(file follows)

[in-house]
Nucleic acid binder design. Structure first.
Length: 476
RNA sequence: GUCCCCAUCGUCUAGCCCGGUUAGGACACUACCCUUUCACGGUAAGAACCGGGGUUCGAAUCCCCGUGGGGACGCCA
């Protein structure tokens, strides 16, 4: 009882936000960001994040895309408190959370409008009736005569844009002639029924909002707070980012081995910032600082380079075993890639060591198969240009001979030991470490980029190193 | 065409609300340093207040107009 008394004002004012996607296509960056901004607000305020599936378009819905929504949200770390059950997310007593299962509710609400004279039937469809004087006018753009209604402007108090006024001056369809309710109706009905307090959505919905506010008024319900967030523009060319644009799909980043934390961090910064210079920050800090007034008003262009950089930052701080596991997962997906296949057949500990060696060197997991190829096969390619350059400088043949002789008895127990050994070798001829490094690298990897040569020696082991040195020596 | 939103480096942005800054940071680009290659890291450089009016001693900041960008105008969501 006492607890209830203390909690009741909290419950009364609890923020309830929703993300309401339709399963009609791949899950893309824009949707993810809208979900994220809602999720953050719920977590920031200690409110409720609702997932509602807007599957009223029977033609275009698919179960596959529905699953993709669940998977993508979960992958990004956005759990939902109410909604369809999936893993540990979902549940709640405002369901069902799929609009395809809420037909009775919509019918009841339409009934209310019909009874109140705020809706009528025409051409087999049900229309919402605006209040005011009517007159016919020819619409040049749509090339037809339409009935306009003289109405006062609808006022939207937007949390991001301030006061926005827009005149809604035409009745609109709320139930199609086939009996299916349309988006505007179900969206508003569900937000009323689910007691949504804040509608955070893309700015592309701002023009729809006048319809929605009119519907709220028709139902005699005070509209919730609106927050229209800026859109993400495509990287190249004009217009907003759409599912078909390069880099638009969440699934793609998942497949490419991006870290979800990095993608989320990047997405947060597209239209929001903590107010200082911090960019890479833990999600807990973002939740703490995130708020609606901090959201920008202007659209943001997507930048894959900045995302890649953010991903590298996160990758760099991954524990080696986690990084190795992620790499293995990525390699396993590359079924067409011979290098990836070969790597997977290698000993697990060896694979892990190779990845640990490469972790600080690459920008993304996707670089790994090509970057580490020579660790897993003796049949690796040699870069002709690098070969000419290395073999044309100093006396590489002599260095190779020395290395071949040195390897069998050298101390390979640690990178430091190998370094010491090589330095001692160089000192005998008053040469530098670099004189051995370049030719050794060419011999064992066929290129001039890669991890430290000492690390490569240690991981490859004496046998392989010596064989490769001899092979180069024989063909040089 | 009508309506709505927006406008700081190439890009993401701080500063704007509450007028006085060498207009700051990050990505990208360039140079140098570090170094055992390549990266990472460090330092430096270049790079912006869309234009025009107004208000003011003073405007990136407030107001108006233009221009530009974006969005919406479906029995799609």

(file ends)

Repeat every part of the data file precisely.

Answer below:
[in-house]
Nucleic acid binder design. Structure first.
Length: 476
RNA sequence: GUCCCCAUCGUCUAGCCCGGUUAGGACACUACCCUUUCACGGUAAGAACCGGGGUUCGAAUCCCCGUGGGGACGCCA
């Protein structure tokens, strides 16, 4: 009882936000960001994040895309408190959370409008009736005569844009002639029924909002707070980012081995910032600082380079075993890639060591198969240009001979030991470490980029190193 | 065409609300340093207040107009 008394004002004012996607296509960056901004607000305020599936378009819905929504949200770390059950997310007593299962509710609400004279039937469809004087006018753009209604402007108090006024001056369809309710109706009905307090959505919905506010008024319900967030523009060319644009799909980043934390961090910064210079920050800090007034008003262009950089930052701080596991997962997906296949057949500990060696060197997991190829096969390619350059400088043949002789008895127990050994070798001829490094690298990897040569020696082991040195020596 | 939103480096942005800054940071680009290659890291450089009016001693900041960008105008969501 006492607890209830203390909690009741909290419950009364609890923020309830929703993300309401339709399963009609791949899950893309824009949707993810809208979900994220809602999720953050719920977590920031200690409110409720609702997932509602807007599957009223029977033609275009698919179960596959529905699953993709669940998977993508979960992958990004956005759990939902109410909604369809999936893993540990979902549940709640405002369901069902799929609009395809809420037909009775919509019918009841339409009934209310019909009874109140705020809706009528025409051409087999049900229309919402605006209040005011009517007159016919020819619409040049749509090339037809339409009935306009003289109405006062609808006022939207937007949390991001301030006061926005827009005149809604035409009745609109709320139930199609086939009996299916349309988006505007179900969206508003569900937000009323689910007691949504804040509608955070893309700015592309701002023009729809006048319809929605009119519907709220028709139902005699005070509209919730609106927050229209800026859109993400495509990287190249004009217009907003759409599912078909390069880099638009969440699934793609998942497949490419991006870290979800990095993608989320990047997405947060597209239209929001903590107010200082911090960019890479833990999600807990973002939740703490995130708020609606901090959201920008202007659209943001997507930048894959900045995302890649953010991903590298996160990758760099991954524990080696986690990084190795992620790499293995990525390699396993590359079924067409011979290098990836070969790597997977290698000993697990060896694979892990190779990845640990490469972790600080690459920008993304996707670089790994090509970057580490020579660790897993003796049949690796040699870069002709690098070969000419290395073999044309100093006396590489002599260095190779020395290395071949040195390897069998050298101390390979640690990178430091190998370094010491090589330095001692160089000192005998008053040469530098670099004189051995370049030719050794060419011999064992066929290129001039890669991890430290000492690390490569240690991981490859004496046998392989010596064989490769001899092979180069024989063909040089 | 009508309506709505927006406008700081190439890009993401701080500063704007509450007028006085060498207009700051990050990505990208360039140079140098570090170094055992390549990266990472460090330092430096270049790079912006869309234009025009107004208000003011003073405007990136407030107001108006233009221009530009974006969005919406479906029995799609």